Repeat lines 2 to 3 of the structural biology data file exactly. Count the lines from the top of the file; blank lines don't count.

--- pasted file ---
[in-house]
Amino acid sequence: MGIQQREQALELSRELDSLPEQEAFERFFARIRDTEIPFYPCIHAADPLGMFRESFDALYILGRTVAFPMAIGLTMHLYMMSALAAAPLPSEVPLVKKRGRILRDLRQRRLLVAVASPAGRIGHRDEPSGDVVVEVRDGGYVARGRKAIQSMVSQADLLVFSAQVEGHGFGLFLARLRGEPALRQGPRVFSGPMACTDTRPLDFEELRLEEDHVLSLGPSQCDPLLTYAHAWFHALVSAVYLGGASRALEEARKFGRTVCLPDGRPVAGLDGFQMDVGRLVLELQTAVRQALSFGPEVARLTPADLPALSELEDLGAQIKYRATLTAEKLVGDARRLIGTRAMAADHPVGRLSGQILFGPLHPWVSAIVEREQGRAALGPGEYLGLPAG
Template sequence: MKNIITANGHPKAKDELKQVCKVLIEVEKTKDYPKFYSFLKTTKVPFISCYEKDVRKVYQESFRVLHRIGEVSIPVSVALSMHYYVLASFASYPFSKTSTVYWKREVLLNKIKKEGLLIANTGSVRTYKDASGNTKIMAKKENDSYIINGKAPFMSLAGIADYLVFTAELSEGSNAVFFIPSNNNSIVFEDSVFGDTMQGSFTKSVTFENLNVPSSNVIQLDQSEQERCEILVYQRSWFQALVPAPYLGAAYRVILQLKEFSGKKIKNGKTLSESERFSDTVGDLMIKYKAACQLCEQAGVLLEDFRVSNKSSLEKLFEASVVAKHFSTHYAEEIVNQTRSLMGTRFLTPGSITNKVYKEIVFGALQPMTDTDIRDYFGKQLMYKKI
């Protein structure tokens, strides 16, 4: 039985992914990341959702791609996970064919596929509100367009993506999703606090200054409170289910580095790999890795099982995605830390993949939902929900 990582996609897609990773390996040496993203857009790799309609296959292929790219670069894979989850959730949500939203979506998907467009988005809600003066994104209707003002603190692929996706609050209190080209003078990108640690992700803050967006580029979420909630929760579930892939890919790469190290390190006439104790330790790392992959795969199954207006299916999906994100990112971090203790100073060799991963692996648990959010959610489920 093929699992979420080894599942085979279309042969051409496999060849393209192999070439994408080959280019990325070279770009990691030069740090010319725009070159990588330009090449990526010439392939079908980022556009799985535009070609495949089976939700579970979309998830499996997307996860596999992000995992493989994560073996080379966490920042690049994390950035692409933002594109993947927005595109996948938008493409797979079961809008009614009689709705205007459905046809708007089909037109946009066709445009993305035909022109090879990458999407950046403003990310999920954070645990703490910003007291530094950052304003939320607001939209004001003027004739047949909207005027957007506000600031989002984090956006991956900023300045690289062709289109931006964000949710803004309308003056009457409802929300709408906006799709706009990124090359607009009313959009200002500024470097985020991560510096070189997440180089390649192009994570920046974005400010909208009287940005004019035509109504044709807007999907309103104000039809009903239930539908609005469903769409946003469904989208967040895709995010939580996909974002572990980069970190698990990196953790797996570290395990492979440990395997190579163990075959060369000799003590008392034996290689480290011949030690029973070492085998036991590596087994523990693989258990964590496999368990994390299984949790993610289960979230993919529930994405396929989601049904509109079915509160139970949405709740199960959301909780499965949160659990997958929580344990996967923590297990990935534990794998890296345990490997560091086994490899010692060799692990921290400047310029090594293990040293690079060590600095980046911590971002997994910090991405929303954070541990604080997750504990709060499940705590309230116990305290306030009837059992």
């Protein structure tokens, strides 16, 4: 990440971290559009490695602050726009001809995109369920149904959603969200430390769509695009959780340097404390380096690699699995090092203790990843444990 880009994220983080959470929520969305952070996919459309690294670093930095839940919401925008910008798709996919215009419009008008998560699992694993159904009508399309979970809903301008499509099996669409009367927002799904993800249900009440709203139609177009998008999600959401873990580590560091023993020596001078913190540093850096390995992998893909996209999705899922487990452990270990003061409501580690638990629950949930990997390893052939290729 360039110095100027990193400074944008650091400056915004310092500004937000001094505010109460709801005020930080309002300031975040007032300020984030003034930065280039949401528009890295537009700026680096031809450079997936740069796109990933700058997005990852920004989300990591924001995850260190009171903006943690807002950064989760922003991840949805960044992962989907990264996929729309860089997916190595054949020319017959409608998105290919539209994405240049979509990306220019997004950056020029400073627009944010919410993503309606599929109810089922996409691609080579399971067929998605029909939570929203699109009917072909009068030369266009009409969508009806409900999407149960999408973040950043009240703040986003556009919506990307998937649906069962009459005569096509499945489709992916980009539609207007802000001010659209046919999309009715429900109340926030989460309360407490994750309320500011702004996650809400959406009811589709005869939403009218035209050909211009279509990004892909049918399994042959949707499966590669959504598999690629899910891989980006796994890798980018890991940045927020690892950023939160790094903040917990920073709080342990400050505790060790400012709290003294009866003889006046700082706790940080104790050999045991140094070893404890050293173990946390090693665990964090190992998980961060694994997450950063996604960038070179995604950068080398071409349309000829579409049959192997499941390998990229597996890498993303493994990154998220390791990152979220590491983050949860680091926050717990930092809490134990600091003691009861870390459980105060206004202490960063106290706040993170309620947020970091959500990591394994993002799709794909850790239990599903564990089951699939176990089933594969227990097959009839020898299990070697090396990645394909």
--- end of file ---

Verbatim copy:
Amino acid sequence: MGIQQREQALELSRELDSLPEQEAFERFFARIRDTEIPFYPCIHAADPLGMFRESFDALYILGRTVAFPMAIGLTMHLYMMSALAAAPLPSEVPLVKKRGRILRDLRQRRLLVAVASPAGRIGHRDEPSGDVVVEVRDGGYVARGRKAIQSMVSQADLLVFSAQVEGHGFGLFLARLRGEPALRQGPRVFSGPMACTDTRPLDFEELRLEEDHVLSLGPSQCDPLLTYAHAWFHALVSAVYLGGASRALEEARKFGRTVCLPDGRPVAGLDGFQMDVGRLVLELQTAVRQALSFGPEVARLTPADLPALSELEDLGAQIKYRATLTAEKLVGDARRLIGTRAMAADHPVGRLSGQILFGPLHPWVSAIVEREQGRAALGPGEYLGLPAG
Template sequence: MKNIITANGHPKAKDELKQVCKVLIEVEKTKDYPKFYSFLKTTKVPFISCYEKDVRKVYQESFRVLHRIGEVSIPVSVALSMHYYVLASFASYPFSKTSTVYWKREVLLNKIKKEGLLIANTGSVRTYKDASGNTKIMAKKENDSYIINGKAPFMSLAGIADYLVFTAELSEGSNAVFFIPSNNNSIVFEDSVFGDTMQGSFTKSVTFENLNVPSSNVIQLDQSEQERCEILVYQRSWFQALVPAPYLGAAYRVILQLKEFSGKKIKNGKTLSESERFSDTVGDLMIKYKAACQLCEQAGVLLEDFRVSNKSSLEKLFEASVVAKHFSTHYAEEIVNQTRSLMGTRFLTPGSITNKVYKEIVFGALQPMTDTDIRDYFGKQLMYKKI